Monday, November 5, 2007

The Ugly Duckling -- Pt. 1

When you look at the immediate impact Real Salt Lake, Toronto FC [2nd and 4th in league attendance], David Beckham and Cuauhtemoc Blanco have had, you begin to analyze MLS's other “promises” more closely.

Obviously both Kansas City and Columbus are in need of help. But both teams can blame historically poor performances. Both missed the playoffs in the past 2 seasons and their attendances dropped from 15k to 9k, and from 16k to 12k respectively.

The opposite is true with the team from Carson. As Chivas turns into a more competitive side, their "fan base" has vanished.

Chivas USA's home attendance averages 13,013 per game. But if derby attendance versus Los Angeles Galaxy is excluded, the average drops to 10,000, just above Kansas City.
And while La Legion 1908 scrambles to pull the largest banner in MLS over its members, the seats around them remain abandoned.

For a team that promised to tap into the vast Mexican-American market, and promised to be the biggest draw in MLS, it is baffling that they have only been able to reach a 20k home attendance once for any game that does not involve Galaxy. So far this season, the top deck has only been used for the game versus Galaxy.

Perhaps the problem is that Chivas USA is, by name, contradictory to Club Deportivo Guadalajara’s traditions.

During the 1950s-1960s era of Chivas dominance in the Mexican league, the Sacred Flock gathered supporters thanks to their winning ways and their nationalistic, Mexicans-only policy.
When Television mogul Emilio Azcarraga bought Club America, he immediately aimed to turn his team into the villains of Mexican football, and nemesis to the CD Guadalajara side that was beloved by all.

His method of choice?

Azcarraga put money on the table and sought expensive foreigners; a perfect antithesis to Guadalajara’s model.[Ironically, since Azcarraga’s overhaul, Club America’s titles outnumber Guadalajara’s 9 to 3]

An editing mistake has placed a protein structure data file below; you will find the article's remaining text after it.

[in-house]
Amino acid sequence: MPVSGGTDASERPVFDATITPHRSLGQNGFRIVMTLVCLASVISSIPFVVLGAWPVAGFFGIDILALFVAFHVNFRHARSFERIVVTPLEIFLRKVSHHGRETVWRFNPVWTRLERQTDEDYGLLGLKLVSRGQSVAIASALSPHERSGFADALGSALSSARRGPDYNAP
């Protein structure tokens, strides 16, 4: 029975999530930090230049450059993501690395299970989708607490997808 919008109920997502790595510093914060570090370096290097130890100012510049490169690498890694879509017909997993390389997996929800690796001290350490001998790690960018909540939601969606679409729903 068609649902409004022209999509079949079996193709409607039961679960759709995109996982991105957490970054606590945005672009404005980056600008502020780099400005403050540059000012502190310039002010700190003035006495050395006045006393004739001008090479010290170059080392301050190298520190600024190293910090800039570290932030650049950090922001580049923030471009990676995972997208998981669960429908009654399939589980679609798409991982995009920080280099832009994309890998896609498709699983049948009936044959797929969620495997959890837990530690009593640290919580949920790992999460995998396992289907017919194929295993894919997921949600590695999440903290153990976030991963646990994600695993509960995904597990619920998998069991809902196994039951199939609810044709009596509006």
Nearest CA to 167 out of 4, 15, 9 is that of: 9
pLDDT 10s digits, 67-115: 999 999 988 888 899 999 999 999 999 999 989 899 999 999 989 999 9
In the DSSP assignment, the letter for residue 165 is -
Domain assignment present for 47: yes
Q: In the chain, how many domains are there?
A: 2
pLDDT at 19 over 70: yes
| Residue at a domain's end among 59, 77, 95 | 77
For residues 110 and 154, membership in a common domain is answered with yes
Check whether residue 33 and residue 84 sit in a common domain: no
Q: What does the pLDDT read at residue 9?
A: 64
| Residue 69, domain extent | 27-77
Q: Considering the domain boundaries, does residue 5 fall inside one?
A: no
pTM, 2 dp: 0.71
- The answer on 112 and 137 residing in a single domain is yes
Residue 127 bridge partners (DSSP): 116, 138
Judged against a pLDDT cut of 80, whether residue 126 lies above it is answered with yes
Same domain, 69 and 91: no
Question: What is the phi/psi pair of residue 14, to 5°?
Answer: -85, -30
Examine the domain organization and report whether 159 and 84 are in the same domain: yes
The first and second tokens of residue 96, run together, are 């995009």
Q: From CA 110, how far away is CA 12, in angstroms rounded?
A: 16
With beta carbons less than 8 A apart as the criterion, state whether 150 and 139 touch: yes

Guadalajara’s supporters only ever support players of one nationality: Mexican. They will support Mexicans playing for Guadalajara, abroad, or for the national team, but never a foreign player.

And if there’s a particular group Guadalajara supporters are specifically opposed to, it’s Americans, even Mexican-Americans. In 1998, Gerardo MascareƱo played 10 games with Guadalajara before controversy regarding his American birth left him off the team.

It is an Oxymoron to put the words Chivas and USA together and expect Guadalajara supporters to embrace this image. Because doing so would require them to support foreign players from various nationalities, including Americans. That is something that Guadalajara fans are unlikely to do. Guadalajara’s traditions will keep Guadalajara’s supporters, and others of different backgrounds in the Los Angeles area from adopting Chivas USA.

If the organization wishes to grow with the team’s recent on-field success, they must abandon the City of Guadalajara badge, drop the Chivas USA moniker and re-brand into the alternative to Los Angeles Galaxy, like Club America did with them in 1959. Otherwise, they must cope with low attendances and the decreased sponsorships that will follow.

1 comment:

Anonymous said...

I'm glad you blogged this. I love reading it over again. They really need to rebrand themselves and find their own place.